Are you really pulling people up given you've talked more shit about being 'in the know' and what positions acts are playing at festivals in the last 6 months than Boris has about covid!

You had to take yourself about due to your own idiocy as pointed out by many for a while......in other words about 12 hours.

There’s no point having a pop at Matt when half the forum doesn’t know what you’re on about.

Still curious to understand your definition of “political”…

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Tis a yearly discussion this one. Few things to add. Firstly, that the evolution of the festival has always been in transit. I recall how much resistance there was to dance music seeping into festival in the early 90s. It had stared before, but really began to be a force around this time. I recall my older friends complaining festival had lost its soul and was no longer the alternative festival of indie and underground. Then Britpop, and all the so called negative elements that came with it. Ultimately it was a younger generation of music fans and the previous generation didn't take it too well. 'Not as good as it used to be' is an age old saga. We are by nature a nostalgic bunch. It's a young persons game and we hate to let go. 

On a macro scale, festival decline and the loss of other festivals, is in line with the view that the younger generation, that all festivals need, don't want to see 15 or 20 year indie/rock bands. There are other festivals for this where you take your campervan and caravans as attendees can't sleep in tents at their age 😄

Every year I say I'm too old for this shit. And I probably am... 

 

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12 hours ago, Hugh Jass II said:

My finger slipped off the pulse a long time ago, if it wasn’t for this place I’d know absolutely nothing about modern music. And I’m fine with that.

As Matt said further up, I don’t expect the festival to cater to my 20 years out of date taste.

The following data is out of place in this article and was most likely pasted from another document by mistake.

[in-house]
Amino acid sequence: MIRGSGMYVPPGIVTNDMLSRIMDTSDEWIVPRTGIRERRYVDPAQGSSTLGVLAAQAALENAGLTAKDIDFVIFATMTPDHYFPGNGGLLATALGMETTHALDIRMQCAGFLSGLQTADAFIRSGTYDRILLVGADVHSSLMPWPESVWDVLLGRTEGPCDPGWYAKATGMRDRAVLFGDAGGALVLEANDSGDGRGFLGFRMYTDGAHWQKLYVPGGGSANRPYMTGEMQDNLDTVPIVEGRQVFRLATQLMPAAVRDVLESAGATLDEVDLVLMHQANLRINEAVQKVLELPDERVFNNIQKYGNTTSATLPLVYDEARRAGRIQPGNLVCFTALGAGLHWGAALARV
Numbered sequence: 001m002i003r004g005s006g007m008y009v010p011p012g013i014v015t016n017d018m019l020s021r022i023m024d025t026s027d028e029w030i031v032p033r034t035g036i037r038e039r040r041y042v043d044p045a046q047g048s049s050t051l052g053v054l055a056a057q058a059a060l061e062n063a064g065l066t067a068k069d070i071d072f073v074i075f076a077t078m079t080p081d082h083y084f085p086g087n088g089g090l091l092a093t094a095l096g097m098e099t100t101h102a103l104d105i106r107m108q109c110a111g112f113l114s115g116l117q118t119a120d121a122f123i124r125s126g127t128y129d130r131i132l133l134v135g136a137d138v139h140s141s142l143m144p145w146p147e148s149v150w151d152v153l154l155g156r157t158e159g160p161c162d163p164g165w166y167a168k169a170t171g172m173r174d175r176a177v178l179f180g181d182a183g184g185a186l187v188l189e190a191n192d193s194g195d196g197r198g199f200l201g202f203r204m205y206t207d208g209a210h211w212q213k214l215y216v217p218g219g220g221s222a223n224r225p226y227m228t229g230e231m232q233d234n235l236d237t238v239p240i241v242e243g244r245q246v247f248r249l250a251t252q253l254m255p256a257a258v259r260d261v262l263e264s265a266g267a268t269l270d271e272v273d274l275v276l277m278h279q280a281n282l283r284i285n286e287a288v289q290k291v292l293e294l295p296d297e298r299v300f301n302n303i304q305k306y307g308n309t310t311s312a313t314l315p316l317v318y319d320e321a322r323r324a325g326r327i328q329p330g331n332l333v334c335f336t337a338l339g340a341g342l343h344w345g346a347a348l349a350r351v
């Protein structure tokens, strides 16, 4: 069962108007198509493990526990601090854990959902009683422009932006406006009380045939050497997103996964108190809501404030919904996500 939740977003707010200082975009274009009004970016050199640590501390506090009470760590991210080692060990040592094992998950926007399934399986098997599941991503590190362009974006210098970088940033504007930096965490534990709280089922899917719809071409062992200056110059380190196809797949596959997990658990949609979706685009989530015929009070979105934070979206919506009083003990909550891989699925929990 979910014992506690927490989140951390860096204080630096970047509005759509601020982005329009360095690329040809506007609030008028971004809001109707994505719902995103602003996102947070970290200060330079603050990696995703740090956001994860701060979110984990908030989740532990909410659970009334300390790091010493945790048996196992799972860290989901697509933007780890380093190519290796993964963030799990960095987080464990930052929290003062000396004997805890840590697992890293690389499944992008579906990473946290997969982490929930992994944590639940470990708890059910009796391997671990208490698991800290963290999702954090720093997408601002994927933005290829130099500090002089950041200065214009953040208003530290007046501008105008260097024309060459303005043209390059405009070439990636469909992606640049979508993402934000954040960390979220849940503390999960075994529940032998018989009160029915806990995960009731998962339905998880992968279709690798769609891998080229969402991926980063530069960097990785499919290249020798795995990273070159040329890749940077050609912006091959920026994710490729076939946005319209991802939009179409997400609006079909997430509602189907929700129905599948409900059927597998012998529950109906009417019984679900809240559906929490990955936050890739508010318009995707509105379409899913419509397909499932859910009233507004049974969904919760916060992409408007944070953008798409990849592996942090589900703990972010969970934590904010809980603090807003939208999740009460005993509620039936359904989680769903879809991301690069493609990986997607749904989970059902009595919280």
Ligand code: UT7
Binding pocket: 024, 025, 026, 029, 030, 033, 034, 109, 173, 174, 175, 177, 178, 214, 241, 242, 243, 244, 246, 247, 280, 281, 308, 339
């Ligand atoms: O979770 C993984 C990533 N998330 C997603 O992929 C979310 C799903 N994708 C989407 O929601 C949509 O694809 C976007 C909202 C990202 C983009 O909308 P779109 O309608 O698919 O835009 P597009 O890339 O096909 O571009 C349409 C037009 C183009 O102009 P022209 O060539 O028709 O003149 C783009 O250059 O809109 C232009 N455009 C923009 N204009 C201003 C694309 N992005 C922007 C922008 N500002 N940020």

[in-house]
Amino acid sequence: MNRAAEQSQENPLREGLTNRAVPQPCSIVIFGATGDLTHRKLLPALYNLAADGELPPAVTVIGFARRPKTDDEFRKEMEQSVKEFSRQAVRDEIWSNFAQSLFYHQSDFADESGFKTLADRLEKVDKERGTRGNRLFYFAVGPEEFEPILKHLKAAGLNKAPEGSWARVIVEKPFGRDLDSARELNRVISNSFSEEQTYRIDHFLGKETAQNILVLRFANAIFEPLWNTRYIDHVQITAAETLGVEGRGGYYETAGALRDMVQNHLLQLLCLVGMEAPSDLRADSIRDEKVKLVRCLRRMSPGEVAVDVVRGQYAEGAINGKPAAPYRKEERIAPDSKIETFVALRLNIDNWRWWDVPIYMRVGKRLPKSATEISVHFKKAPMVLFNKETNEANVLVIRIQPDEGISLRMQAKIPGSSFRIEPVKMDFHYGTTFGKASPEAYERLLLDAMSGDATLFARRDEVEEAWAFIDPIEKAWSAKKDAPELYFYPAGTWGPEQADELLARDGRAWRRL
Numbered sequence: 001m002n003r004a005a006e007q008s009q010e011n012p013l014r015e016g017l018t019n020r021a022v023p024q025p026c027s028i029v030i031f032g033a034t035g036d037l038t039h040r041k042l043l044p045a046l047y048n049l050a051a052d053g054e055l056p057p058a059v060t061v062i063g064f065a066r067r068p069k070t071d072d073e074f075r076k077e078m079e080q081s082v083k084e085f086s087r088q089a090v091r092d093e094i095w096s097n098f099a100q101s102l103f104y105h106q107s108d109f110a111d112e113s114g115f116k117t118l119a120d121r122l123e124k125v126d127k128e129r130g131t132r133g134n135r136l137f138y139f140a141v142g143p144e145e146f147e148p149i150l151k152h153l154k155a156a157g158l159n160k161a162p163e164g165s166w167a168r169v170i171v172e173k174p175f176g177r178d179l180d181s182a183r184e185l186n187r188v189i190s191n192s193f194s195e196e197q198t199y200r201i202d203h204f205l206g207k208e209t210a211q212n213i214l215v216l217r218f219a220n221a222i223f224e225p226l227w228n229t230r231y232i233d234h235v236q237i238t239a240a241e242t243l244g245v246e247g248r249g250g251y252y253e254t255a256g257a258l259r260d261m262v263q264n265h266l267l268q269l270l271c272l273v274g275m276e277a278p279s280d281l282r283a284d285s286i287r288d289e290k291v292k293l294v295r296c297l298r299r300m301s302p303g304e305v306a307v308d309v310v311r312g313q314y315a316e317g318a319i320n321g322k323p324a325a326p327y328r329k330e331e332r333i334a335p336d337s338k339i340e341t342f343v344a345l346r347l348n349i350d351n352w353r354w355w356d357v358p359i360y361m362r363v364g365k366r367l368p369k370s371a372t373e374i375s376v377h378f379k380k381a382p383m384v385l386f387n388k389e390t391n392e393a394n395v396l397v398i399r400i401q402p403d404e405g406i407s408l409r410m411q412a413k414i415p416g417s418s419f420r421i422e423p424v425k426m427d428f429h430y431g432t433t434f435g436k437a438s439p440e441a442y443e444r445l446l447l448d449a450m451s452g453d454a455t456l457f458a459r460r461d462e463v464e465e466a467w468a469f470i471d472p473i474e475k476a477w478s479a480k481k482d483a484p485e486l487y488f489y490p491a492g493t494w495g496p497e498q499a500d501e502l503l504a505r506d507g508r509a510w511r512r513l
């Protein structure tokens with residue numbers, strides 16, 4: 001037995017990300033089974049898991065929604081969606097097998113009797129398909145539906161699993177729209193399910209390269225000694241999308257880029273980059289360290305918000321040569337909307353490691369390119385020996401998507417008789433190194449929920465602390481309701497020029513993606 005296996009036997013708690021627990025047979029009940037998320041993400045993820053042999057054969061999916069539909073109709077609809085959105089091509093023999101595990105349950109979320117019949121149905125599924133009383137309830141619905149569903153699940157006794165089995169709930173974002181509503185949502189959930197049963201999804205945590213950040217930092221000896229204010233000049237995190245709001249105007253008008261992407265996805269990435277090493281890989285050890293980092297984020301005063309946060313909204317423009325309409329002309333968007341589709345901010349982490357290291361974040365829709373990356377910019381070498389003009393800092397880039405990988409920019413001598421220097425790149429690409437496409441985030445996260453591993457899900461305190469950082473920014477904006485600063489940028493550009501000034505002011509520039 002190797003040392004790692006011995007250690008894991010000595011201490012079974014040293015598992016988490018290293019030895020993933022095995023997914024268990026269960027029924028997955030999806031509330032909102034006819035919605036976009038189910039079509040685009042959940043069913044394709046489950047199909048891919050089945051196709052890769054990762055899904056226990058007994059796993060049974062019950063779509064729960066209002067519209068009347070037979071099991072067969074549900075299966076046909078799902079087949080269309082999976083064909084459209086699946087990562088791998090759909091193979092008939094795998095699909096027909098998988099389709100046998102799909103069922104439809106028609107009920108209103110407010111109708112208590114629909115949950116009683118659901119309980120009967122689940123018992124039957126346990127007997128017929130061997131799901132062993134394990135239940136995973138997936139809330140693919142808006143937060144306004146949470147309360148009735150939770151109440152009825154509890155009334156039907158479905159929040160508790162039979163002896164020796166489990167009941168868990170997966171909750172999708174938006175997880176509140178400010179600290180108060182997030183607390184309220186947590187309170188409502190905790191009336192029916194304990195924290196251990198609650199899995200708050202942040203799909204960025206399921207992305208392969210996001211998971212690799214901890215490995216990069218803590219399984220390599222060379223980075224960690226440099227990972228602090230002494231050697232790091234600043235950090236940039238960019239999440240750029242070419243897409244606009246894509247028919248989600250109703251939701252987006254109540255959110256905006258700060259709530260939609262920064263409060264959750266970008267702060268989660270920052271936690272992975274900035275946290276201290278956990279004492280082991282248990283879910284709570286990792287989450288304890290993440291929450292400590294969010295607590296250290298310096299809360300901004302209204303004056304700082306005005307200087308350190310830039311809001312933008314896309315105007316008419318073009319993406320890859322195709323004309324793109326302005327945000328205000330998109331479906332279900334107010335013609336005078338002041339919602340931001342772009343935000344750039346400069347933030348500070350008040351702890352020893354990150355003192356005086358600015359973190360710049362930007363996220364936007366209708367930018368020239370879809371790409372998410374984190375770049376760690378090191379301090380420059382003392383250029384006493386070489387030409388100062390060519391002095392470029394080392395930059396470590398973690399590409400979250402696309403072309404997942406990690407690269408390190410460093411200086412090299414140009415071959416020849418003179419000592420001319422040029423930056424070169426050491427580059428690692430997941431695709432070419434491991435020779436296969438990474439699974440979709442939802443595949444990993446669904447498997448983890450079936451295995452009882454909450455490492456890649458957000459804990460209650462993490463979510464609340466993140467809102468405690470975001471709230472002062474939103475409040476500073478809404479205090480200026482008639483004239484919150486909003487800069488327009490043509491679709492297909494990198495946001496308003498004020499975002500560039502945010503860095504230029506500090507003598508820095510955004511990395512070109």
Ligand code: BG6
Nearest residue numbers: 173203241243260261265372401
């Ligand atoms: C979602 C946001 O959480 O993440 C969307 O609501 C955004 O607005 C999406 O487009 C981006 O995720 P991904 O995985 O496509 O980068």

Yep. I'm 45 and the festival absolutely shouldn't pander to me. There are plenty of festivals out there that do, and I don't want to go to them.

I'm the oldest on my group, the youngest is about 15 years younger, so they help with highlighting good new stuff for me. Although saying that some of them have 'older' taste than me. 

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9 hours ago, thewayiam said:

Are you really pulling people up given you've talked more shit about being 'in the know' and what positions acts are playing at festivals in the last 6 months than Boris has about covid!

You had to take yourself about due to your own idiocy as pointed out by many for a while......in other words about 12 hours.

He may talk shit, but you can at least read it.

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6 hours ago, Olshansky said:

The thing that Glastonbury has going for it that almost no other festival has, is that they've created an environment that everyone wants to spend time in no matter who is on the bill.  I was having a cup of tea one evening in the Healing Fields with a woman about 25 years my senior a few years back and she told me she'd been to every single Glastonbury apart from 3 or 4 of them.  She said she hadn't watched any of the bands in years, and didn't really plan to.  She just wants to be there.  It's the Glastonbury spirit we all talk about, you know?  I've never heard anyone talk about the "V Festival Spirit" or lord help us all, the "Coachella Spirit" - it doesn't exist - at least not in the same way.  Those festivals have to rely on the bands to help them sell their overpriced tickets and takeaway food. 

Increasingly, (and speaking as an american here) I think we are seeing the worst parts of capitalism in our everyday lives, and that in conjunction with some terrible global events taking place, and being surrounded by so much inauthenticity in media - of course Glastonbury sells out in 10 minutes. I'm not saying that the festival is by any means this utopian society or anything, but I think a lot of you will agree with me that when you get on that farm, it's like a salve. And then to know that so many people had to come together to make this thing, this CITY, that only exists for 5 days a year... it's mind blowing. 

One year I was camping next to first timers, and on the Monday morning as we were all putting our tents away I asked them how their festival was.  They said "Do you know that in the entire 5 days we didn't hear anyone having an argument about anything?"  It struck me - I'd never thought about that, but as it happened I don't think I did either.  Now I pay attention to that when I'm there, and it's the strangest thing.  I don't think I've overheard an argument there ever.  I mean, of course people have argued at Glasto, but when you think 200,000 people, half of them exhausted and drinking and taking all kinds of things... Disney needs to drop that "Happiest Place on Earth" BS because it sure isn't Disney - my money's on Glasto.  

ok end rant lol 

I watched Lost in Vagueness (again) this weekend and Kae Tempest says at the end

 ...when you see someone in a state lying in the mud at Glastonbury...you pick them up, give them some water, make sure they're ok, we should be doing that outside of the five days of the festival in the real world too.